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Research Papers on The Lord of the Rings and Classic Myths

Research Papers on Tolkien's The Lord of the Rings trilogy, published in 1955, tell the tale set in the mythological land of Middle Earth. Although it is a relatively modern work that has become a part of popular culture, there are many similarities between The Lord of the Rings and classic myths that originated in Europe and Iceland. This research paper paper will compare the The Lord of the Rings to one of the following stories:Lord of the Rings and Classic Myths

The research paper will discuss similarities and differences between these works and Tolkien's, including the perception of good and evil, love, the movement from ignorance to intelligence, and the nature of fate for characters in the Middle Ages. This research paper will demonstrate that The Lord of the Rings combines many elements from each tale, while offering a distinct story with many heroes, rather than one or two. At the same time, there were many differences in the perception of good and evil, ideas about love, and the nature of fate. While The Lord of the Rings shares common elements with many legends from the Middle Ages, Literature research papers form Paper Masters show it remains distinct in many ways.

There are many connections between The Lord of the Rings and classic myths that originated in Europe and Iceland. In comparing The Lord of the Rings to Beowulf, the Song of Roland, Tristan and Iseult, the Volsunga Saga, and Sir Gawain and the Green Knight, it appeared that The Lord of the Rings combines many elements from each tale, while offering a distinct story with many heroes, rather than one or two. At the same time, there were many differences in the perception of good and evil, ideas about love, and the nature of fate. While The Lord of the Rings shares common elements with many legends from the Middle Ages, it remains distinct in many ways.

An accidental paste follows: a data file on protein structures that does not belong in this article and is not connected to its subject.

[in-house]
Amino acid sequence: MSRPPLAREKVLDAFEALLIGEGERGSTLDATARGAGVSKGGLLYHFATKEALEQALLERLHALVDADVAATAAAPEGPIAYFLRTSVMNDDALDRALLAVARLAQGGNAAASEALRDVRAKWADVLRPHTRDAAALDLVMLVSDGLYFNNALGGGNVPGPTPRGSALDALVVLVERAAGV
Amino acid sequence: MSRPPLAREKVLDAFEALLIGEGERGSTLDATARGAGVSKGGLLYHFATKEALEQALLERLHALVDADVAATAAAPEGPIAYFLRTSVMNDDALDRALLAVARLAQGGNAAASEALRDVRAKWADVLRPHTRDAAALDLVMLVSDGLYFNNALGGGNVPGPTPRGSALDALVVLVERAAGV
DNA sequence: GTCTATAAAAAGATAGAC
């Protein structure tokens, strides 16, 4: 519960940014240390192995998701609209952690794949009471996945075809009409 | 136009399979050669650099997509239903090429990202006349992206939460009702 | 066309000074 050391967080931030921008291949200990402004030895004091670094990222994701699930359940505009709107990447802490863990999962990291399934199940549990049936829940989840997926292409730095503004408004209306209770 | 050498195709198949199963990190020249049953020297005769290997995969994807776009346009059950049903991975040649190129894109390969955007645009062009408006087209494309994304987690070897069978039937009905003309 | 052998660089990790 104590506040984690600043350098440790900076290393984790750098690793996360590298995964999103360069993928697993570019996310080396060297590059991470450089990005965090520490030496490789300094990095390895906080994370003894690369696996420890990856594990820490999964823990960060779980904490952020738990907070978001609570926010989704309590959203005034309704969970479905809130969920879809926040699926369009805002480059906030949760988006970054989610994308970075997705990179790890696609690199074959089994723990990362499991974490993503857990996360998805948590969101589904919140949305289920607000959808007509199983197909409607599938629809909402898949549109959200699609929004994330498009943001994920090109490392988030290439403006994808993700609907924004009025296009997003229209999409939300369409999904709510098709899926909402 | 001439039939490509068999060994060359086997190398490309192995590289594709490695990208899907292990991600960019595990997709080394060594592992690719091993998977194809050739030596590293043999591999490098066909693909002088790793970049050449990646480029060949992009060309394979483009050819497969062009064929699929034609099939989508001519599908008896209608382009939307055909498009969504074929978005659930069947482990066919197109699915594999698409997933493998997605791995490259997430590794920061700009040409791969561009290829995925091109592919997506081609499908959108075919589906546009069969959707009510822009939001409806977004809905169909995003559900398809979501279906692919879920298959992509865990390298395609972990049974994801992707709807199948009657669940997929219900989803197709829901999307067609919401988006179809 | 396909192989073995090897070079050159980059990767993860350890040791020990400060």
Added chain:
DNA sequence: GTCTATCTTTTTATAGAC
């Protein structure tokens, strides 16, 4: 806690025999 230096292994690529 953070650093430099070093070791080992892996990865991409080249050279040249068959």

In Tolkien’s novels, magic rings are divided among the Elves, the Dwarves and mortal men, with the most powerful ring belonging to the Dark Lord, Sauron. In spite of their powers, these rings ultimately drain away the good from their wearers and eventually reduce the wearer to little more than a ghost. The instant lust for the ring’s power is apparent when the “good” characters, Bilbo, Frodo and even Galadriel, are tempted by it. Sauron is intent on getting possession of the ring of power, which has ended up in the keeping of the hobbit Frodo. The only way to destroy the ring, and with it the power of all the rings, is to take it back to Mount Mordor, Sauron’s kingdom, where it was created. Frodo, along with three other hobbits, and a company of Elves, Dwarves, and Men, make the treacherous journey, and eventually destroy the ring. With its destruction, however, it is clear that the old age (the Third Age of Middle-Earth) is at an end, and the Elves, who are the most godlike of its inhabitants, will soon leave for the Grey Havens, making way for an age of Men.

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